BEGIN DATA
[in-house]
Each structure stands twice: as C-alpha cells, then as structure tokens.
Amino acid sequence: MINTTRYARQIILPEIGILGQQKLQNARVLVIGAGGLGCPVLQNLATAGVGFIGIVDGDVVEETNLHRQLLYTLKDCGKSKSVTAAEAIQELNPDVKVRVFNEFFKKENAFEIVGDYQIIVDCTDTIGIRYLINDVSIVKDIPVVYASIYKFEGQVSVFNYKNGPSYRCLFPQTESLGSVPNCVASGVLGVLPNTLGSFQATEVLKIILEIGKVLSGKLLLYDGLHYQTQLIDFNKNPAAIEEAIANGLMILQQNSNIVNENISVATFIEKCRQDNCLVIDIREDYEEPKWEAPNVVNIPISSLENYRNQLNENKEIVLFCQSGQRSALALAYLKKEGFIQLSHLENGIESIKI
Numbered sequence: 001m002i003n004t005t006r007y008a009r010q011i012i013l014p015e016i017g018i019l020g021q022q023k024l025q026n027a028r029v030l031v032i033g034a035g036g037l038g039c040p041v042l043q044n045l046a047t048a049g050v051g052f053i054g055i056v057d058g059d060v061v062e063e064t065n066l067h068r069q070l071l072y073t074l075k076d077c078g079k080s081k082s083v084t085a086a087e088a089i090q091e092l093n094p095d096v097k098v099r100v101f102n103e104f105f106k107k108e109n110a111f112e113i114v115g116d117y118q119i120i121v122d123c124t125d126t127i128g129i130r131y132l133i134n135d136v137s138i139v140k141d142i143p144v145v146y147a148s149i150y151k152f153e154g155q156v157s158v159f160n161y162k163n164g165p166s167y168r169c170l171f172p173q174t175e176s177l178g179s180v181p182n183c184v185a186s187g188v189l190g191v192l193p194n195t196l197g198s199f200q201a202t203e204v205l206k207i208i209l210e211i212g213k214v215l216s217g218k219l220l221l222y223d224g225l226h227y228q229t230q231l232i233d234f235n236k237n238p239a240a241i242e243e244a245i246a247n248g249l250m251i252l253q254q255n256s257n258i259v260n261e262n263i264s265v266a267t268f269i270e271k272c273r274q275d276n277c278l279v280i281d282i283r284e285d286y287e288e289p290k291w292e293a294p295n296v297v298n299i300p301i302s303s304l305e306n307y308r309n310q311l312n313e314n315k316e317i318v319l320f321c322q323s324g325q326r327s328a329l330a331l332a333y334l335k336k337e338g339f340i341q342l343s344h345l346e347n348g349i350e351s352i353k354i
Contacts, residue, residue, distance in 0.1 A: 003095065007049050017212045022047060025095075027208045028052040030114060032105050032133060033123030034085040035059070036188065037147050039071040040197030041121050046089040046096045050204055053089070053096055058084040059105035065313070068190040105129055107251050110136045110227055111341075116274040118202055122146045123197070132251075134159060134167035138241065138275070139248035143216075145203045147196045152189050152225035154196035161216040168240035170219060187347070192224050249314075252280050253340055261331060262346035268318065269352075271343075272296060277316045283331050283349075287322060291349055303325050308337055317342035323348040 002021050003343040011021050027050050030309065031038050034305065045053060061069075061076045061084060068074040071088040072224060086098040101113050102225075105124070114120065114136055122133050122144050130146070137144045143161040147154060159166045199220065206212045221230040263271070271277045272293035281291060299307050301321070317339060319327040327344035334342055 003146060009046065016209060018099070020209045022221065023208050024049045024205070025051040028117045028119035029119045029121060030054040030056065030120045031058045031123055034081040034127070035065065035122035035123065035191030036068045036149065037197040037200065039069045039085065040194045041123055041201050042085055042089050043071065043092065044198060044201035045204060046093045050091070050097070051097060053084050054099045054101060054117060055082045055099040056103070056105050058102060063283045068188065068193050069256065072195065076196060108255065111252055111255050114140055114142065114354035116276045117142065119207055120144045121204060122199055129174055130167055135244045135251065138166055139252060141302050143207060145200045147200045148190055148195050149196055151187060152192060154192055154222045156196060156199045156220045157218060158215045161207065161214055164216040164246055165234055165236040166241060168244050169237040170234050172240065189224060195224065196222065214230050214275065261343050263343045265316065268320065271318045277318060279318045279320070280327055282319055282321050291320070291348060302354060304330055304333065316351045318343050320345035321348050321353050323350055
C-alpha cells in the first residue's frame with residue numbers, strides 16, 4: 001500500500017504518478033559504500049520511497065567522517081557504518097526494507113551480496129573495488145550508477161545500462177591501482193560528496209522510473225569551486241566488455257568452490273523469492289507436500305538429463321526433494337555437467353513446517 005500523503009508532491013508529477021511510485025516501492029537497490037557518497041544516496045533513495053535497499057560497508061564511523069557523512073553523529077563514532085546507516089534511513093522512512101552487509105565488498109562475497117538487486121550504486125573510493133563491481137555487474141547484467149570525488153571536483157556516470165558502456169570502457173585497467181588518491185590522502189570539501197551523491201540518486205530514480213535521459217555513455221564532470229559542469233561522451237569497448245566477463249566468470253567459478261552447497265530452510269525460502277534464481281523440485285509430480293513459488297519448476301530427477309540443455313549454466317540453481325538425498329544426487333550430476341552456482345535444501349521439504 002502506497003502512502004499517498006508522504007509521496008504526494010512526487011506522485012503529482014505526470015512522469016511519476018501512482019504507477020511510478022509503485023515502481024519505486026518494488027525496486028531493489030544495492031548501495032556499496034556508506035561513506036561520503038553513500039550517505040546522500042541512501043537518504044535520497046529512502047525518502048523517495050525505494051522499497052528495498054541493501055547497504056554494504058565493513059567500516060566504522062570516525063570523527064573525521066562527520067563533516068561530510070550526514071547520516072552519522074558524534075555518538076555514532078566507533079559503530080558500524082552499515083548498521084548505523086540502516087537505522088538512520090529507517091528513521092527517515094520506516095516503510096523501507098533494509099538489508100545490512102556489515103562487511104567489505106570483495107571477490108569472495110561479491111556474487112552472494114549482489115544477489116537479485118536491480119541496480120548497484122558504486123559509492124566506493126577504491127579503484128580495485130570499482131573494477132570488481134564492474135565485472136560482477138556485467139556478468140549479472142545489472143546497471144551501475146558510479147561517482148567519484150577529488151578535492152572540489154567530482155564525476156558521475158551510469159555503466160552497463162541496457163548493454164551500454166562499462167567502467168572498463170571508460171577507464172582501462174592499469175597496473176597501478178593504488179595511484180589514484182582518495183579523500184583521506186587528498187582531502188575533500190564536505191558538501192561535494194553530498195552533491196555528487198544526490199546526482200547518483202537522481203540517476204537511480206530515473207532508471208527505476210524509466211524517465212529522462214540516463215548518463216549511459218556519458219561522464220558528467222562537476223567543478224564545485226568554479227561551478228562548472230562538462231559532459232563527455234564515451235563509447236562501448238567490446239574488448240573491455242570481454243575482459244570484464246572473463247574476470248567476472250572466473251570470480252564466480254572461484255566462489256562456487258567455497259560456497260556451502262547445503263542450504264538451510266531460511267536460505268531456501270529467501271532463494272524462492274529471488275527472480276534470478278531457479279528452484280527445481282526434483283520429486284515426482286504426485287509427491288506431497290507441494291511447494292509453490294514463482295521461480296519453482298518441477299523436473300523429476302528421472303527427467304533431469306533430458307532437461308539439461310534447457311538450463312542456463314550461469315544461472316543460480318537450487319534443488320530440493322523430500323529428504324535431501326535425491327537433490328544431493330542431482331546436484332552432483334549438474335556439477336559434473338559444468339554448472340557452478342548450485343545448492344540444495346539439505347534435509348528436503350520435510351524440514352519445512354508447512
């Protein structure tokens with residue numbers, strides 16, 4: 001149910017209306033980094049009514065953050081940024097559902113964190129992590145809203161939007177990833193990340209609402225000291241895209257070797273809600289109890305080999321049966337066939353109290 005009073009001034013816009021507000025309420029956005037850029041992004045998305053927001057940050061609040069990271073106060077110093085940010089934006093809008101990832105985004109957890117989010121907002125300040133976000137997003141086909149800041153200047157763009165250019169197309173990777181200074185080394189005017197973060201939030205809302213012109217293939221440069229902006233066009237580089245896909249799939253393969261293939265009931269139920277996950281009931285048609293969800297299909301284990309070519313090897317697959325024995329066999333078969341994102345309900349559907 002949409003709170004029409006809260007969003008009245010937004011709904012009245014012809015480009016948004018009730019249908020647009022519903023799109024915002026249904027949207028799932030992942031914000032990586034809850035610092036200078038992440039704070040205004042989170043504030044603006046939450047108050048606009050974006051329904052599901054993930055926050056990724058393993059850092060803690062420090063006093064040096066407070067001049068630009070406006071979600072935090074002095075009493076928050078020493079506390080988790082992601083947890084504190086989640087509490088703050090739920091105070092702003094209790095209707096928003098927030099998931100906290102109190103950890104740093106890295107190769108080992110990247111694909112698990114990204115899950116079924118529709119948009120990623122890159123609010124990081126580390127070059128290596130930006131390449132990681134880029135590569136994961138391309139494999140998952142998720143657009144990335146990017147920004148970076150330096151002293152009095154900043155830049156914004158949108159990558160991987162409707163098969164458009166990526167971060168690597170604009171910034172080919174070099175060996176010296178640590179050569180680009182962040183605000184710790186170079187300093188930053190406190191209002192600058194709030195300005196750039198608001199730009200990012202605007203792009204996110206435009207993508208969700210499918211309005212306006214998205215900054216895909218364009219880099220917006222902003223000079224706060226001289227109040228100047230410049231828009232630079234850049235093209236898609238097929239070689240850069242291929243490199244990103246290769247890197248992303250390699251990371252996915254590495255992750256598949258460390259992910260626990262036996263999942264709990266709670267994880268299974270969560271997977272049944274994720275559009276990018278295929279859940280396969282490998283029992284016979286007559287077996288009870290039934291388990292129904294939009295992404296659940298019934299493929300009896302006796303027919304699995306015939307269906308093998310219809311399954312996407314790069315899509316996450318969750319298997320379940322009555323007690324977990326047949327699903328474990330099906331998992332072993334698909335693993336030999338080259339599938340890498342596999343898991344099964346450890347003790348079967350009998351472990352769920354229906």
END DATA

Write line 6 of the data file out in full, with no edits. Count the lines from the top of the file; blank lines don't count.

C-alpha cells in the first residue's frame with residue numbers, strides 16, 4: 001500500500017504518478033559504500049520511497065567522517081557504518097526494507113551480496129573495488145550508477161545500462177591501482193560528496209522510473225569551486241566488455257568452490273523469492289507436500305538429463321526433494337555437467353513446517 005500523503009508532491013508529477021511510485025516501492029537497490037557518497041544516496045533513495053535497499057560497508061564511523069557523512073553523529077563514532085546507516089534511513093522512512101552487509105565488498109562475497117538487486121550504486125573510493133563491481137555487474141547484467149570525488153571536483157556516470165558502456169570502457173585497467181588518491185590522502189570539501197551523491201540518486205530514480213535521459217555513455221564532470229559542469233561522451237569497448245566477463249566468470253567459478261552447497265530452510269525460502277534464481281523440485285509430480293513459488297519448476301530427477309540443455313549454466317540453481325538425498329544426487333550430476341552456482345535444501349521439504 002502506497003502512502004499517498006508522504007509521496008504526494010512526487011506522485012503529482014505526470015512522469016511519476018501512482019504507477020511510478022509503485023515502481024519505486026518494488027525496486028531493489030544495492031548501495032556499496034556508506035561513506036561520503038553513500039550517505040546522500042541512501043537518504044535520497046529512502047525518502048523517495050525505494051522499497052528495498054541493501055547497504056554494504058565493513059567500516060566504522062570516525063570523527064573525521066562527520067563533516068561530510070550526514071547520516072552519522074558524534075555518538076555514532078566507533079559503530080558500524082552499515083548498521084548505523086540502516087537505522088538512520090529507517091528513521092527517515094520506516095516503510096523501507098533494509099538489508100545490512102556489515103562487511104567489505106570483495107571477490108569472495110561479491111556474487112552472494114549482489115544477489116537479485118536491480119541496480120548497484122558504486123559509492124566506493126577504491127579503484128580495485130570499482131573494477132570488481134564492474135565485472136560482477138556485467139556478468140549479472142545489472143546497471144551501475146558510479147561517482148567519484150577529488151578535492152572540489154567530482155564525476156558521475158551510469159555503466160552497463162541496457163548493454164551500454166562499462167567502467168572498463170571508460171577507464172582501462174592499469175597496473176597501478178593504488179595511484180589514484182582518495183579523500184583521506186587528498187582531502188575533500190564536505191558538501192561535494194553530498195552533491196555528487198544526490199546526482200547518483202537522481203540517476204537511480206530515473207532508471208527505476210524509466211524517465212529522462214540516463215548518463216549511459218556519458219561522464220558528467222562537476223567543478224564545485226568554479227561551478228562548472230562538462231559532459232563527455234564515451235563509447236562501448238567490446239574488448240573491455242570481454243575482459244570484464246572473463247574476470248567476472250572466473251570470480252564466480254572461484255566462489256562456487258567455497259560456497260556451502262547445503263542450504264538451510266531460511267536460505268531456501270529467501271532463494272524462492274529471488275527472480276534470478278531457479279528452484280527445481282526434483283520429486284515426482286504426485287509427491288506431497290507441494291511447494292509453490294514463482295521461480296519453482298518441477299523436473300523429476302528421472303527427467304533431469306533430458307532437461308539439461310534447457311538450463312542456463314550461469315544461472316543460480318537450487319534443488320530440493322523430500323529428504324535431501326535425491327537433490328544431493330542431482331546436484332552432483334549438474335556439477336559434473338559444468339554448472340557452478342548450485343545448492344540444495346539439505347534435509348528436503350520435510351524440514352519445512354508447512